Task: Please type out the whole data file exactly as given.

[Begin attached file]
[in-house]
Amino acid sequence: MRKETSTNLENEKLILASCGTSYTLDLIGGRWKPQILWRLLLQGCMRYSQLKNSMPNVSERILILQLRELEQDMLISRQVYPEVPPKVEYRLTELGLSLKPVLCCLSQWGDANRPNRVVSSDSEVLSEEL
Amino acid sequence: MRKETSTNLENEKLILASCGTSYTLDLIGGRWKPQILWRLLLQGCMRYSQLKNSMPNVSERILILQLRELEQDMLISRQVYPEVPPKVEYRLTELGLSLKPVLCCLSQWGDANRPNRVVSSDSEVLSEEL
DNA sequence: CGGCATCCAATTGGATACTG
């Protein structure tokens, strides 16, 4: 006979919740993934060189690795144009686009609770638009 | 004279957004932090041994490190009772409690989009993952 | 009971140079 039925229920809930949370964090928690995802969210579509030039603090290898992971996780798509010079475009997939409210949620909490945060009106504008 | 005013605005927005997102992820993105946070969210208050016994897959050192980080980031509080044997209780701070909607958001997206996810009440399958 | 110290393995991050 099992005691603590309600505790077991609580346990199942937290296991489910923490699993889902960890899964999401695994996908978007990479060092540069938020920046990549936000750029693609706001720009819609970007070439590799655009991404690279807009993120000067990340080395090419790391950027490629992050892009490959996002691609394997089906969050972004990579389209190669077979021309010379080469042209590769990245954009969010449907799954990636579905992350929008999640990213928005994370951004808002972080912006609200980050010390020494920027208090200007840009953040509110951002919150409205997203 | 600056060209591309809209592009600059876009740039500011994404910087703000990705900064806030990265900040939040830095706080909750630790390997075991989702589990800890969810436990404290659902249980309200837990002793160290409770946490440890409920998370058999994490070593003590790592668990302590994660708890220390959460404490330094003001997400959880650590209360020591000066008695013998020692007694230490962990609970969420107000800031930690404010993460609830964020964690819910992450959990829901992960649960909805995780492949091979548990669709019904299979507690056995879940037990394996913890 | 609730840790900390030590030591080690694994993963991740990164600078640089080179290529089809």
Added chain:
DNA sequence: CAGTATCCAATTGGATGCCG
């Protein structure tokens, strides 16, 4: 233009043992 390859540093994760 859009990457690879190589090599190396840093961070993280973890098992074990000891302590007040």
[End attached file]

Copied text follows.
[in-house]
Amino acid sequence: MRKETSTNLENEKLILASCGTSYTLDLIGGRWKPQILWRLLLQGCMRYSQLKNSMPNVSERILILQLRELEQDMLISRQVYPEVPPKVEYRLTELGLSLKPVLCCLSQWGDANRPNRVVSSDSEVLSEEL
Amino acid sequence: MRKETSTNLENEKLILASCGTSYTLDLIGGRWKPQILWRLLLQGCMRYSQLKNSMPNVSERILILQLRELEQDMLISRQVYPEVPPKVEYRLTELGLSLKPVLCCLSQWGDANRPNRVVSSDSEVLSEEL
DNA sequence: CGGCATCCAATTGGATACTG
């Protein structure tokens, strides 16, 4: 006979919740993934060189690795144009686009609770638009 | 004279957004932090041994490190009772409690989009993952 | 009971140079 039925229920809930949370964090928690995802969210579509030039603090290898992971996780798509010079475009997939409210949620909490945060009106504008 | 005013605005927005997102992820993105946070969210208050016994897959050192980080980031509080044997209780701070909607958001997206996810009440399958 | 110290393995991050 099992005691603590309600505790077991609580346990199942937290296991489910923490699993889902960890899964999401695994996908978007990479060092540069938020920046990549936000750029693609706001720009819609970007070439590799655009991404690279807009993120000067990340080395090419790391950027490629992050892009490959996002691609394997089906969050972004990579389209190669077979021309010379080469042209590769990245954009969010449907799954990636579905992350929008999640990213928005994370951004808002972080912006609200980050010390020494920027208090200007840009953040509110951002919150409205997203 | 600056060209591309809209592009600059876009740039500011994404910087703000990705900064806030990265900040939040830095706080909750630790390997075991989702589990800890969810436990404290659902249980309200837990002793160290409770946490440890409920998370058999994490070593003590790592668990302590994660708890220390959460404490330094003001997400959880650590209360020591000066008695013998020692007694230490962990609970969420107000800031930690404010993460609830964020964690819910992450959990829901992960649960909805995780492949091979548990669709019904299979507690056995879940037990394996913890 | 609730840790900390030590030591080690694994993963991740990164600078640089080179290529089809």
Added chain:
DNA sequence: CAGTATCCAATTGGATGCCG
């Protein structure tokens, strides 16, 4: 233009043992 390859540093994760 859009990457690879190589090599190396840093961070993280973890098992074990000891302590007040």